Noriega also has emergency management experience from serving as incident commander for Hurricane Katrina relief efforts at the George R. Brown Convention Center.

Latina Selected to Serve as Member of the White House Staff

President-elect Barack Obama today announced two new members of the White House staff. Jonathan Favreau will serve as Director of Speechwriting, and Cecilia Muñoz will serve as Director of Intergovernmental Affairs. We are proud to report that a Latina has been selected to play a key role in the  Obama administration.

“We’re continuing to build a White House team that can rise to the challenges facing this country – and I couldn’t be more excited to announce Jon and Cecilia. I’m confident that at a critical time in our history, this White House will restore openness and accountability to our Executive Branch and help to put government back in the hands of the people it serves.”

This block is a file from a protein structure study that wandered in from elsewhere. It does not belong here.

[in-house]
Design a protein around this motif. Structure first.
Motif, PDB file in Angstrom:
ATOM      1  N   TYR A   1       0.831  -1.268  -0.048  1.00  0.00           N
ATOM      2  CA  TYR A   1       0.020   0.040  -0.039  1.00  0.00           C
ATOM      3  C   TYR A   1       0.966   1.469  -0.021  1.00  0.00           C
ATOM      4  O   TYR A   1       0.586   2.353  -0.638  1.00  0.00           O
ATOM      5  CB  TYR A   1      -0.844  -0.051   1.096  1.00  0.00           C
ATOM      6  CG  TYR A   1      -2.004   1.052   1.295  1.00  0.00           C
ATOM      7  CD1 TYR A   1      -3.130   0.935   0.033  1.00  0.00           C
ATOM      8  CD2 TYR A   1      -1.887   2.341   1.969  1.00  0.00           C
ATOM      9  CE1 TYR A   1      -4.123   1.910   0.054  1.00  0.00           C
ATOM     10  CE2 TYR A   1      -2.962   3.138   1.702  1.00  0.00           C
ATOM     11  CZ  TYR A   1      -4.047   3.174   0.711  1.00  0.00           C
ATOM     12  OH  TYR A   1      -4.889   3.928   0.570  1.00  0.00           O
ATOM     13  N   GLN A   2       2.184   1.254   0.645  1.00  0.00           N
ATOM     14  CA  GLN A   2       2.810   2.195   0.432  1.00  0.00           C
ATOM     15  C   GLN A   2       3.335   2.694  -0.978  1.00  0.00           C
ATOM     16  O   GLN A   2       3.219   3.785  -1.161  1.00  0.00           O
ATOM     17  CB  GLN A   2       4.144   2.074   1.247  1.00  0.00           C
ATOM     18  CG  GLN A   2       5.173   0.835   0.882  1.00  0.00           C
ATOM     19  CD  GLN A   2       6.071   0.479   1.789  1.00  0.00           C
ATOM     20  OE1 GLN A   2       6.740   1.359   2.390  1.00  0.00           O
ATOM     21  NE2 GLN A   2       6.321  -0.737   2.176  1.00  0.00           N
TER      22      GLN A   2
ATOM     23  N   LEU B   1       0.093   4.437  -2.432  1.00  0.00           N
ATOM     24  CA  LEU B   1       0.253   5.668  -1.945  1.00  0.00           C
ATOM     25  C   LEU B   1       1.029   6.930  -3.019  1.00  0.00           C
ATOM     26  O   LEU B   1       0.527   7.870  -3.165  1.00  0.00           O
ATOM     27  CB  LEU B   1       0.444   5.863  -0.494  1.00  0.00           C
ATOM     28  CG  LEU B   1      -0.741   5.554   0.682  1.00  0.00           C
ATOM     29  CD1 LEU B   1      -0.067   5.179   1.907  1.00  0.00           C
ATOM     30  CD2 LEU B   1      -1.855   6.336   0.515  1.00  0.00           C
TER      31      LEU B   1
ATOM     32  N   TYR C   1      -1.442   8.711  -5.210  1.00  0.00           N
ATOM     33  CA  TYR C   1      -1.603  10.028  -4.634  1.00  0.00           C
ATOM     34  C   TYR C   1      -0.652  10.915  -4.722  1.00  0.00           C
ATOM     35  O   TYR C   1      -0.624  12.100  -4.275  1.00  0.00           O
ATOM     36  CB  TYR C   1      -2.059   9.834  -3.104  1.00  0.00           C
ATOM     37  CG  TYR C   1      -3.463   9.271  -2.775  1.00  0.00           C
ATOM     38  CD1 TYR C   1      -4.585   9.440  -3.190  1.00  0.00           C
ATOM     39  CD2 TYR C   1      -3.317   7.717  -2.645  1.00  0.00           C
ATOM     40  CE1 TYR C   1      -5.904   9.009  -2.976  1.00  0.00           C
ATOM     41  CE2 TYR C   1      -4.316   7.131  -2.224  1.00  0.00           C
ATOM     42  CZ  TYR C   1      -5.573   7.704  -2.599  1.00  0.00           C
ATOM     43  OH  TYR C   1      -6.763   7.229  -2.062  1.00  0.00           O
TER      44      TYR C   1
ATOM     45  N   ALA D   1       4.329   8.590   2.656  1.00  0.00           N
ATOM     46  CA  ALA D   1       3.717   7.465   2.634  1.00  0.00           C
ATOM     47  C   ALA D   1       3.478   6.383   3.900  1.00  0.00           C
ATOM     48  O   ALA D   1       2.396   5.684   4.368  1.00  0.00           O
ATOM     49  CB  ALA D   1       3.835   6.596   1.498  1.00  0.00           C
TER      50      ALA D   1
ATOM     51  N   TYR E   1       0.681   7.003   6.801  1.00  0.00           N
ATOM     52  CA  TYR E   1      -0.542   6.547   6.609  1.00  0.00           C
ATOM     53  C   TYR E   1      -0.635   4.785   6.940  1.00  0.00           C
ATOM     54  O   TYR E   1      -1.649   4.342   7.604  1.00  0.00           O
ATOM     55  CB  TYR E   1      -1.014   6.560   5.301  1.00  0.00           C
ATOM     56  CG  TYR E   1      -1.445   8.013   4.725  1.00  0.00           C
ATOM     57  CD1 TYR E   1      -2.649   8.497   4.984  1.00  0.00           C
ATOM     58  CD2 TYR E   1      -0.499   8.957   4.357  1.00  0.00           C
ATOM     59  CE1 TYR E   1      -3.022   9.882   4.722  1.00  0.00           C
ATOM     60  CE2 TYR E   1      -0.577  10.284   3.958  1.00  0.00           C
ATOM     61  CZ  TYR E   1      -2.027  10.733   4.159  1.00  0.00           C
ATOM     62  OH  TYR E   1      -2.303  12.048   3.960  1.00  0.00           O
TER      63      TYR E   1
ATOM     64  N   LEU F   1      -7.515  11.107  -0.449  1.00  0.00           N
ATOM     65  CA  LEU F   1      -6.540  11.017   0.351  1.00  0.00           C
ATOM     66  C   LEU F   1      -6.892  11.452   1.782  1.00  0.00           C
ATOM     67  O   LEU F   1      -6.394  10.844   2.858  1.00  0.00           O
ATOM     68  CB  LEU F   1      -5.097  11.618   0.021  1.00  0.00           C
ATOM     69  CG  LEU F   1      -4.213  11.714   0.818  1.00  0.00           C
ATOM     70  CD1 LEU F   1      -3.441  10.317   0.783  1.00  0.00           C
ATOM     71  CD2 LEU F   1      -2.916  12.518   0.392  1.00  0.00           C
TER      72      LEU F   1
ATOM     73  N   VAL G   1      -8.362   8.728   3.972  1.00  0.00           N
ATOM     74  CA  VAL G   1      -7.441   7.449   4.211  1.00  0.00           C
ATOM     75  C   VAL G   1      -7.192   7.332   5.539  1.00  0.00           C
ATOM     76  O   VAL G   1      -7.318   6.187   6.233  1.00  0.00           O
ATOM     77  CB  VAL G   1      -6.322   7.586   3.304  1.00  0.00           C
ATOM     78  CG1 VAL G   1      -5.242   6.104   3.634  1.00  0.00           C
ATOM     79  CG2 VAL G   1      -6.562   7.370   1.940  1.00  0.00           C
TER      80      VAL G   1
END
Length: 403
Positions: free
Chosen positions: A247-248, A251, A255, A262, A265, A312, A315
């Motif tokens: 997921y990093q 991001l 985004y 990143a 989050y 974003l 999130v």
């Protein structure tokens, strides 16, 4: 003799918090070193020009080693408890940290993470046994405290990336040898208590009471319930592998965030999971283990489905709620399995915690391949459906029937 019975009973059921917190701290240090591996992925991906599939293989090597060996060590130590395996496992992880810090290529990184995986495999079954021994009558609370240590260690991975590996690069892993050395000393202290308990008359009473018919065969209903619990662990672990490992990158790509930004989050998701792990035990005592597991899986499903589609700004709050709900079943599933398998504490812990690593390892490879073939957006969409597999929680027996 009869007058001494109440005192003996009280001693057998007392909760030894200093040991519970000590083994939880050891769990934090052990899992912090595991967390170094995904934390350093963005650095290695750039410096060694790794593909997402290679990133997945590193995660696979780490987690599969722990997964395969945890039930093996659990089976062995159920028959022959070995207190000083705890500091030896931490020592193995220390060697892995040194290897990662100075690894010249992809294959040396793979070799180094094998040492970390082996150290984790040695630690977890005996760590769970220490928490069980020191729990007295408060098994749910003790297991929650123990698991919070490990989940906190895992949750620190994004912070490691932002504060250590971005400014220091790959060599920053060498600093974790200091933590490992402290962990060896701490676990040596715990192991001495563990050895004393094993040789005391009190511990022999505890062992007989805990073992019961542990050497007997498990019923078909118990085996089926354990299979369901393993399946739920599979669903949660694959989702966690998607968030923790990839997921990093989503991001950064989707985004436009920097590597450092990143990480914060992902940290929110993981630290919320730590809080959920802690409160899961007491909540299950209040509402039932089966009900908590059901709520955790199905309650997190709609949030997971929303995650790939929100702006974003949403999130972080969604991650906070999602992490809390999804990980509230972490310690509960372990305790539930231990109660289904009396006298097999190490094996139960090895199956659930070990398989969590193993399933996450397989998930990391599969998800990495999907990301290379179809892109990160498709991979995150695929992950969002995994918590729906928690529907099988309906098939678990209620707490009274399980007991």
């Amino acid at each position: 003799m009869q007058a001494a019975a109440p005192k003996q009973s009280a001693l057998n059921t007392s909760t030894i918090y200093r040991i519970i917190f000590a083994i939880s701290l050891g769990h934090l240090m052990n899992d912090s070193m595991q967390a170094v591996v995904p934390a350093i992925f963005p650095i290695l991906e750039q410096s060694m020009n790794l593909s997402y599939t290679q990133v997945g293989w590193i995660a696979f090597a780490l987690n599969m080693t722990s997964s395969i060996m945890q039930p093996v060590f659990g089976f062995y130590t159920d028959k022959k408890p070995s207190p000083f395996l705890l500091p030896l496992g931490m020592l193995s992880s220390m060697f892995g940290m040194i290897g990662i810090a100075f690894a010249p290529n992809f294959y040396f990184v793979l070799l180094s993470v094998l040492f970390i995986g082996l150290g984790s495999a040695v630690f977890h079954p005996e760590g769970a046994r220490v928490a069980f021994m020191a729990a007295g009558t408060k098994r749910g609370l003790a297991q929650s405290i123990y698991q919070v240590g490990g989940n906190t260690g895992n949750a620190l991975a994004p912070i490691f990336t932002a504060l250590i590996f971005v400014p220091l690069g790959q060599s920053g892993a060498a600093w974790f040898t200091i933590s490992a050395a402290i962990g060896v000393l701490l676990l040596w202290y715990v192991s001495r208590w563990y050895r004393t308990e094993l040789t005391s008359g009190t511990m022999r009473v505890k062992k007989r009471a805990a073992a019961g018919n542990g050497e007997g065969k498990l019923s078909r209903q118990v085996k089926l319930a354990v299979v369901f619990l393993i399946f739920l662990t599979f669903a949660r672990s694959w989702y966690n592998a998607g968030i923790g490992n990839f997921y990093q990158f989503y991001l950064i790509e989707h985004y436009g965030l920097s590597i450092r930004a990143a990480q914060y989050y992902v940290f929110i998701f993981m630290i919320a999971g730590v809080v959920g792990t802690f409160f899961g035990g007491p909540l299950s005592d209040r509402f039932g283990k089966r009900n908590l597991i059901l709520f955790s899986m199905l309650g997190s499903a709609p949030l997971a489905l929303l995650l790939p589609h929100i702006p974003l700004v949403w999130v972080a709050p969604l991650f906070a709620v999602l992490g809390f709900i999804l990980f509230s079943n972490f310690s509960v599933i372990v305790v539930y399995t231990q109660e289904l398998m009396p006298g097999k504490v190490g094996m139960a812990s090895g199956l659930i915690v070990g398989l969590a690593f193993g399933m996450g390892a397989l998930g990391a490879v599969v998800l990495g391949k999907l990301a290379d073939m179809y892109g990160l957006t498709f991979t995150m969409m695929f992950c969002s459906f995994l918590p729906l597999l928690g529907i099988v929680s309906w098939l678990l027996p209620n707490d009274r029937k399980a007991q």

Cecilia Muñoz, Director of Intergovernmental Affairs

Cecilia Muñoz currently serves as Senior Vice President for the Office of Research, Advocacy, and Legislation at the National Council of La Raza (NCLR), where she supervises all legislative and advocacy activities conducted by NCLR policy staff. Muñoz is the Chair of the Board of Center for Community Change, and serves on the U.S. Programs Board of the Open Society Institute and the Board of Directors of the Atlantic Philanthropies.  She is the daughter of immigrants from Bolivia and was born in Detroit, Michigan. In June 2000, she was awarded a MacArthur Foundation fellowship in recognition of her work on immigration and civil rights.